Negative reviews make up a very small percentage of online reviews. The majority of 5-star reviews are 3 or higher. But negative reviews do happen and they can have negative consequences for your business. So what do you do when someone negatively reviews your dental practice?
Fix it before it’s broke! Do everything you can to make sure your patient has a pleasant visit to the dentist. Hire and retain the best staff, keep your patients informed throughout their procedure, make sure you provide the very best in pain management, and check-in with your patient throughout the appointment to make sure they are comfortable.
Respond as soon as you can. Addressing the issue quickly goes a long way toward solving the problem. Set up a Google Alert with your practice name and dentist’s names to make sure you know what’s being posted about you on the web as soon as possible. Make it a priority to respond to both positive and negative reviews.
Keep your cool. It can be quite a shock to receive a negative review, but you don’t want to react out of anger and say something you’ll regret. That could cause even more problems for you and your practice.
Put yourself in the patient’s shoes. Most irate patients just want to be heard and have their experience validated. If you get a bad review, reach out to that person individually and let them tell you about their negative experience. Let them know the steps you will take to make sure their negative experience doesn’t happen again.
Apologize publicly. Apologize for their negative experience (without admitting fault or discussing the details of their visit) and ask them to contact you in private to discuss it more. A good example would be “I’m sorry that your experience was less than fantastic. We pride ourselves on offering excellent service to our patients so please get in touch with our office so that we can address the situation.” A public apology can go a long way toward building good will with the reviewer. Hopefully, others who read the negative review will interpret the negative review as a one-off event.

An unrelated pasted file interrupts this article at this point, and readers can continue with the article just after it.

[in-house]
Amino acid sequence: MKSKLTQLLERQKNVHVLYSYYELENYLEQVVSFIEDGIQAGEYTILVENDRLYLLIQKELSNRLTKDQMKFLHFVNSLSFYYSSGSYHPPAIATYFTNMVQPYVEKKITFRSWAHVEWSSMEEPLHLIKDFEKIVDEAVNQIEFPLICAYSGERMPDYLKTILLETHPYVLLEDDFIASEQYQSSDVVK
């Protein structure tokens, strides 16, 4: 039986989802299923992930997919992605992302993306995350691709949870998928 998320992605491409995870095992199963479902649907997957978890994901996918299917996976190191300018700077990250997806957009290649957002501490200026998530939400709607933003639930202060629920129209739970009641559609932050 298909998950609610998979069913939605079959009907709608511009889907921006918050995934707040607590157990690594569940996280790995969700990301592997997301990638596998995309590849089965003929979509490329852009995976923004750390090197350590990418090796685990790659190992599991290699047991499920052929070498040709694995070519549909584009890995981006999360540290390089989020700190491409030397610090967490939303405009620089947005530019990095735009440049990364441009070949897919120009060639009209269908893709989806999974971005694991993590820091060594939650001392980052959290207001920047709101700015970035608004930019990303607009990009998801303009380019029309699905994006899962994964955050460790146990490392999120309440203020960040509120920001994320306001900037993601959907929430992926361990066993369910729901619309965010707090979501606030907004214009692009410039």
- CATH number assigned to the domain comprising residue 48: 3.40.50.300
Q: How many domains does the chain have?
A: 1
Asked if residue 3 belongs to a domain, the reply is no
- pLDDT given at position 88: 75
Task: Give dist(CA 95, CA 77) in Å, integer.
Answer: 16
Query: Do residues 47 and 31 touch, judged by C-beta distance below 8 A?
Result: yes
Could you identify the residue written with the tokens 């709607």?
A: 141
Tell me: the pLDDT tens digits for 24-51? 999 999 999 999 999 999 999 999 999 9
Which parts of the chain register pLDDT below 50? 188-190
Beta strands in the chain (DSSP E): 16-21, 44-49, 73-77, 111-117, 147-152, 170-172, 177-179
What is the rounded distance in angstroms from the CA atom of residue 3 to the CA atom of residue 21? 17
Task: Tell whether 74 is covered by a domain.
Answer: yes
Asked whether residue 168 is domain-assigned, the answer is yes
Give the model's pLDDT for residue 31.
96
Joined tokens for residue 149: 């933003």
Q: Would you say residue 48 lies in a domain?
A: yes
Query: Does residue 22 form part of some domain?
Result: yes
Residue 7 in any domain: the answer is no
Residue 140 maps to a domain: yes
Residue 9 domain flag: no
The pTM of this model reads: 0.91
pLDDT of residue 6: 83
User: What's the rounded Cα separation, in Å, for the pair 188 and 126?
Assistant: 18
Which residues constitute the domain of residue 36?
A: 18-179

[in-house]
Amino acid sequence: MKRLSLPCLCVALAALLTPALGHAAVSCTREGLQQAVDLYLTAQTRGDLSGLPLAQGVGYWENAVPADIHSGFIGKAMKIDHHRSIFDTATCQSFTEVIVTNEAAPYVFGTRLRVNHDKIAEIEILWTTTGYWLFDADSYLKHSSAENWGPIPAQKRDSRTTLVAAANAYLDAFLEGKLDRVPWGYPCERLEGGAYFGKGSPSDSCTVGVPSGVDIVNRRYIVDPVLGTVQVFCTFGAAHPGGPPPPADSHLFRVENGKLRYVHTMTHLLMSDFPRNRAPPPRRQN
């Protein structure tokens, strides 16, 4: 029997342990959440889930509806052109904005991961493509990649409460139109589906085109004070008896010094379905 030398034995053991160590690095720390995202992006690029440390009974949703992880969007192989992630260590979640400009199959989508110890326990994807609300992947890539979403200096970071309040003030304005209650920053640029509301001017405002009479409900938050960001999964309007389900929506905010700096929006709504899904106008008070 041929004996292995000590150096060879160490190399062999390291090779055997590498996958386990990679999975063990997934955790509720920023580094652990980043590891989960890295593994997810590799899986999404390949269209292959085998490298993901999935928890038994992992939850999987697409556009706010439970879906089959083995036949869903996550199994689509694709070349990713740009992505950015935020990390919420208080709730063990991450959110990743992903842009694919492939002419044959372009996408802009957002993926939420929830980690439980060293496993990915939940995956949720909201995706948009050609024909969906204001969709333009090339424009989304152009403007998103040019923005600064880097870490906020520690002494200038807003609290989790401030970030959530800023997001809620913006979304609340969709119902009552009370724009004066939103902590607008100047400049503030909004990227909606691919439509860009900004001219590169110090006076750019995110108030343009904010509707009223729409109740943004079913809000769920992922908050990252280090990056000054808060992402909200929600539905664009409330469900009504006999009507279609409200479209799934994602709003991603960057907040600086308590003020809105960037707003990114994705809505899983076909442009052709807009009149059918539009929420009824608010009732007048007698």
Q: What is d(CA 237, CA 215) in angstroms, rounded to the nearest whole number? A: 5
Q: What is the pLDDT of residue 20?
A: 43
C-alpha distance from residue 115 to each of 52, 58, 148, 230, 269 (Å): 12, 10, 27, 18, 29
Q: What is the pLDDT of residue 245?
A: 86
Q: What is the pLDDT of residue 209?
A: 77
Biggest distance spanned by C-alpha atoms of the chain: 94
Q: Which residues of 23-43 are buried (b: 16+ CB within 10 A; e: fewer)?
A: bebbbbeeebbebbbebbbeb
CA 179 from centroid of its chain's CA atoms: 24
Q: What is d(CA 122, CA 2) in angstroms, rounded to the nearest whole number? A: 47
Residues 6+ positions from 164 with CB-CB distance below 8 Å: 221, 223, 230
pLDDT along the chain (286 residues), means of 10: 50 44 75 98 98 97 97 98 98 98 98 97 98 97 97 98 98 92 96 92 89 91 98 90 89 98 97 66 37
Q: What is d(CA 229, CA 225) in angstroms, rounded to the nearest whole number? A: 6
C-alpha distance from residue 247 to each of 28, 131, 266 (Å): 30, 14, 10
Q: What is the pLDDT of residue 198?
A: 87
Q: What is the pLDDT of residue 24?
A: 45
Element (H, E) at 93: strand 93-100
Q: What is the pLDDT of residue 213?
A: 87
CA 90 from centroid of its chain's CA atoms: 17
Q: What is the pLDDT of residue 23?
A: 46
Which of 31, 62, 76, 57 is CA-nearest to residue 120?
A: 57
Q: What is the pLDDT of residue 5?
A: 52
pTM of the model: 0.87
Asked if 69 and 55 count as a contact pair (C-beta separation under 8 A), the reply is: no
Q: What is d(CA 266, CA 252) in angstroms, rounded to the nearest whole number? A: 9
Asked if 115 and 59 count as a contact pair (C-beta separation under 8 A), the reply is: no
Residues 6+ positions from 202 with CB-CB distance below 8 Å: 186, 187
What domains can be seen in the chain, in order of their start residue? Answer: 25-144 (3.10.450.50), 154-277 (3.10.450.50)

Use the negative review as a learning experience. Is there anything in the review that rings true? How can you improve your practice based on this patient’s comments?
Know when to hold ‘em. Although you should respond to all genuine patient issues, you don’t have to respond to people who are just trying to stir things up and create problems for you or your practice.
Ask for inappropriate reviews to be removed. Most sites will not remove reviews written by real patients with real complaints, but a negative review with swear words or personal attacks will most likely break the site’s rules. A negative review may also be removed if you can prove that your competitor wrote it. Most sites prohibit competitors from writing reviews.
Fight back with positive reviews. Asking your patients to write positive reviews can reduce the effects of a negative review and help to rebuild your business’s reputation.This is the last of our Online Reviews Series. Did you miss it? Work your way through the series starting with Grow Your Business with Online Reviews.